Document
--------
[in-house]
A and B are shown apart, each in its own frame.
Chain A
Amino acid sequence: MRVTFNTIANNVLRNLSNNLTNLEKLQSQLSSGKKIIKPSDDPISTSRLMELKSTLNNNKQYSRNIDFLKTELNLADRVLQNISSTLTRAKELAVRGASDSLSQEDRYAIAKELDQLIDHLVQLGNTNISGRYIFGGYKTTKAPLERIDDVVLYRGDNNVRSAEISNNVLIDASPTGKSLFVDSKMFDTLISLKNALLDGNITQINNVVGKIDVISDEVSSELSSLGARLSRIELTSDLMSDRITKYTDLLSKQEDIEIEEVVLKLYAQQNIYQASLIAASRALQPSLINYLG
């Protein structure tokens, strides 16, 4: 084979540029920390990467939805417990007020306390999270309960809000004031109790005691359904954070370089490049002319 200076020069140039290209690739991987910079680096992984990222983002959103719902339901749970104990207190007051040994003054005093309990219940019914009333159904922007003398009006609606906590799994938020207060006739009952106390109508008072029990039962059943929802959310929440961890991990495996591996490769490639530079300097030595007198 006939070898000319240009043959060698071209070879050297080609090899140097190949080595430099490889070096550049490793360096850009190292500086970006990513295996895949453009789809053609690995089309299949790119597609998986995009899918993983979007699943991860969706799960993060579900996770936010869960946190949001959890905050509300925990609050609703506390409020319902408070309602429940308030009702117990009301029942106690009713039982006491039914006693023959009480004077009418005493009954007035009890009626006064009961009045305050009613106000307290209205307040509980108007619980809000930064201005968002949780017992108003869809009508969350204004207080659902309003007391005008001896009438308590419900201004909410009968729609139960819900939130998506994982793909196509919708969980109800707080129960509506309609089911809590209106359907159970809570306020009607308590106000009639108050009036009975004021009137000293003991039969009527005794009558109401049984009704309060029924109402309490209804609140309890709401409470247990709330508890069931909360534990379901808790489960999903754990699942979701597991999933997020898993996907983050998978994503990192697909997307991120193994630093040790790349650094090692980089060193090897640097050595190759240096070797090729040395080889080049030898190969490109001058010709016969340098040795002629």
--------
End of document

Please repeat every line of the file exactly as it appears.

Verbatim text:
[in-house]
A and B are shown apart, each in its own frame.
Chain A
Amino acid sequence: MRVTFNTIANNVLRNLSNNLTNLEKLQSQLSSGKKIIKPSDDPISTSRLMELKSTLNNNKQYSRNIDFLKTELNLADRVLQNISSTLTRAKELAVRGASDSLSQEDRYAIAKELDQLIDHLVQLGNTNISGRYIFGGYKTTKAPLERIDDVVLYRGDNNVRSAEISNNVLIDASPTGKSLFVDSKMFDTLISLKNALLDGNITQINNVVGKIDVISDEVSSELSSLGARLSRIELTSDLMSDRITKYTDLLSKQEDIEIEEVVLKLYAQQNIYQASLIAASRALQPSLINYLG
């Protein structure tokens, strides 16, 4: 084979540029920390990467939805417990007020306390999270309960809000004031109790005691359904954070370089490049002319 200076020069140039290209690739991987910079680096992984990222983002959103719902339901749970104990207190007051040994003054005093309990219940019914009333159904922007003398009006609606906590799994938020207060006739009952106390109508008072029990039962059943929802959310929440961890991990495996591996490769490639530079300097030595007198 006939070898000319240009043959060698071209070879050297080609090899140097190949080595430099490889070096550049490793360096850009190292500086970006990513295996895949453009789809053609690995089309299949790119597609998986995009899918993983979007699943991860969706799960993060579900996770936010869960946190949001959890905050509300925990609050609703506390409020319902408070309602429940308030009702117990009301029942106690009713039982006491039914006693023959009480004077009418005493009954007035009890009626006064009961009045305050009613106000307290209205307040509980108007619980809000930064201005968002949780017992108003869809009508969350204004207080659902309003007391005008001896009438308590419900201004909410009968729609139960819900939130998506994982793909196509919708969980109800707080129960509506309609089911809590209106359907159970809570306020009607308590106000009639108050009036009975004021009137000293003991039969009527005794009558109401049984009704309060029924109402309490209804609140309890709401409470247990709330508890069931909360534990379901808790489960999903754990699942979701597991999933997020898993996907983050998978994503990192697909997307991120193994630093040790790349650094090692980089060193090897640097050595190759240096070797090729040395080889080049030898190969490109001058010709016969340098040795002629």